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Publication Type
Journal Article
Author, Analytic
Guzder, Jaswant; Paisley, Vanessa L; Robertson-Hickling, Hilary A; Hickling, Frederick W
Author Affiliation, Ana.
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Article Title
Dream a World: Research results form a 3 year study th with High Risk Children in Jamaica
Medium Designator
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Connective Phrase
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Journal Title
Journal of the Caribbean Academy of Child and Adoloscent Psychiatry
Translated Title
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Reprint Status
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Date of Publication
2013
Volume ID
22
Issue ID
2
Page(s)
125-130
Language
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Connective Phrase
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Location/URL
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ISSN
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Notes
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Abstract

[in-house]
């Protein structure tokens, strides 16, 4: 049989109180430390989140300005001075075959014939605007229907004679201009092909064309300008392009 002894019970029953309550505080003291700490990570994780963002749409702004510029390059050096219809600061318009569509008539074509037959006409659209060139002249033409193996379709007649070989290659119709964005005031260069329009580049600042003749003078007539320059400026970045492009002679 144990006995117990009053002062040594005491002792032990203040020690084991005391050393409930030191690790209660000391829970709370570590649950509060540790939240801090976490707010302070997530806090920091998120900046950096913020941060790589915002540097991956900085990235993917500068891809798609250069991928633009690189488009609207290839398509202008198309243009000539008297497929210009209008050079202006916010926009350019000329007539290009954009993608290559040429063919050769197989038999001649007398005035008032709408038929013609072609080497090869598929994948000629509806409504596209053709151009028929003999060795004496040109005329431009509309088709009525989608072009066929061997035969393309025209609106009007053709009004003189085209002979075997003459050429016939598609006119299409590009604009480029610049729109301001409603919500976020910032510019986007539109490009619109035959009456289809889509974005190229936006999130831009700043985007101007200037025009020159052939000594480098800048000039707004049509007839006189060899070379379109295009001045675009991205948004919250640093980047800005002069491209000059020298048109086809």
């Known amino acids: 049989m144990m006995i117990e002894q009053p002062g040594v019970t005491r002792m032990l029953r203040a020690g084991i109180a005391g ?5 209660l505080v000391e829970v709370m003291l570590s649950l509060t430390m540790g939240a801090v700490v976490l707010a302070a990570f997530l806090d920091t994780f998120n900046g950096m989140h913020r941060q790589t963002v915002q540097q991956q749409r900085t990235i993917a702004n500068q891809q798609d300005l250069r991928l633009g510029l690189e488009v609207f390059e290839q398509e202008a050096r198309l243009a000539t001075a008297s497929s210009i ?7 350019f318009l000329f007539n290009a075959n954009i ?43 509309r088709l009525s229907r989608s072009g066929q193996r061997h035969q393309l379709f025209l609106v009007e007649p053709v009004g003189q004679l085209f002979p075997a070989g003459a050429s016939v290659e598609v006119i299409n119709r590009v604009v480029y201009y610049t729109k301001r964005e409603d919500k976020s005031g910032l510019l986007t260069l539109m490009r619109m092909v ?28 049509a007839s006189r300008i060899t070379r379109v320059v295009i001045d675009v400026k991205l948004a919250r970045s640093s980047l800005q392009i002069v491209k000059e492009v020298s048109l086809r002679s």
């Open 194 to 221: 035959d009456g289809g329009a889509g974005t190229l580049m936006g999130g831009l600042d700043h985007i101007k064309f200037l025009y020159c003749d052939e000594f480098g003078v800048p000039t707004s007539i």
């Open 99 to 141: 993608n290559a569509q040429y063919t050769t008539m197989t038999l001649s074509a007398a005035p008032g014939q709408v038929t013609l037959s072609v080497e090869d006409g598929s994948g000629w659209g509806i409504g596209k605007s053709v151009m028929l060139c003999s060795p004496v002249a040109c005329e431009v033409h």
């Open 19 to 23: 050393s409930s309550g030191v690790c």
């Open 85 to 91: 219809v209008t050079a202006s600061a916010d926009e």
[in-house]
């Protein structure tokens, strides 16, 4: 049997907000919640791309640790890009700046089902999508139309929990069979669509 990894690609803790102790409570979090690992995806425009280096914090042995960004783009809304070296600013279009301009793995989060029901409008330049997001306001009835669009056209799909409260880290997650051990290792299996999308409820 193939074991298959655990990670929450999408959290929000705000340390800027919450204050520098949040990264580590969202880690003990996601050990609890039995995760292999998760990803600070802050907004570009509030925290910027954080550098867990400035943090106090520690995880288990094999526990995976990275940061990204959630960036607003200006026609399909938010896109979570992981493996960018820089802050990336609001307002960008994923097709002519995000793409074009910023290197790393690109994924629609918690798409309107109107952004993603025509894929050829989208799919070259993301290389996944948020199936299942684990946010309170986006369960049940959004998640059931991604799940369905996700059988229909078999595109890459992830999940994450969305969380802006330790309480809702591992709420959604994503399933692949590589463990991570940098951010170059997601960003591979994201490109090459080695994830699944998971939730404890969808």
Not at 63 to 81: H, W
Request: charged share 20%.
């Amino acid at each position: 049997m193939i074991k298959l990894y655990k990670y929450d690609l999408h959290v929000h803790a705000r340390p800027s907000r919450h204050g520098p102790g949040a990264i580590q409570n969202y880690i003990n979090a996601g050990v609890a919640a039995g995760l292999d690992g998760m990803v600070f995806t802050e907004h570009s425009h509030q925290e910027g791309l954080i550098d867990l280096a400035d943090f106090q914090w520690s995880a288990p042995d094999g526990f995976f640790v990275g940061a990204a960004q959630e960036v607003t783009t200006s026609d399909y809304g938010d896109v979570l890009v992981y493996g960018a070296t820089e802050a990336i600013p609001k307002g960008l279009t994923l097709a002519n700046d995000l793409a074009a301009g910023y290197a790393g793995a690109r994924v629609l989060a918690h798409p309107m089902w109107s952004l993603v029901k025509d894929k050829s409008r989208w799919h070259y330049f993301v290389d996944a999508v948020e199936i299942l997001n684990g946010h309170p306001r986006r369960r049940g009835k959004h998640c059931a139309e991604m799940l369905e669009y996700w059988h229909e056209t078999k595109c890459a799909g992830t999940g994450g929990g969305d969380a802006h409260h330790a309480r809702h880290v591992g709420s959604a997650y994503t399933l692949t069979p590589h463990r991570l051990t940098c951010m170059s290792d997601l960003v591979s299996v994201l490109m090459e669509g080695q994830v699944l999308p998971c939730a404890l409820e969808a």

Objective: To assess the effectiveness of a multimodal afterschool and summer intervention called the Dream-A-World (DAW) Project for a cohort of school-aged Jamaican children from an impoverished, disadvantaged inner-city community in Kingston, Jamaica. Children were selected by their teachers based on severe disruptive disorders and academic underachievement and compared with a matched control group. The pilot was a child focused therapeutic modality without parental intervention for disruptive conduct and academic failure. Method:A group psychotherapeutic intervention of creative arts therapies and remedial academic support adapted for the Jamaican context was implemented with 30 children from an inner-city primary school. The intervention was implemented over 2 years spanning grade three to six with evaluation of outcomes using the ASEBA Teacher Report Form (TRF) and end of term grades for the intervention group versus matched controls who were offered usual school supports. Results:The intervention group made significant improvements in school social and behavior adjustment measured by the TRF, with more successful outcome amongst boys for behavioral gains. No significant improvements were made by the girls. Limitations of cohort size, lack of parent data and questions of gender disparities in outcome were unresolved interpretative issues. Conclusion:This multi-modal mental health and academic intervention for high-risk children living in an impoverished, violent neighbourhood, improved global functioning of boys more than girls, and raised questions for design of further preventive planning.....
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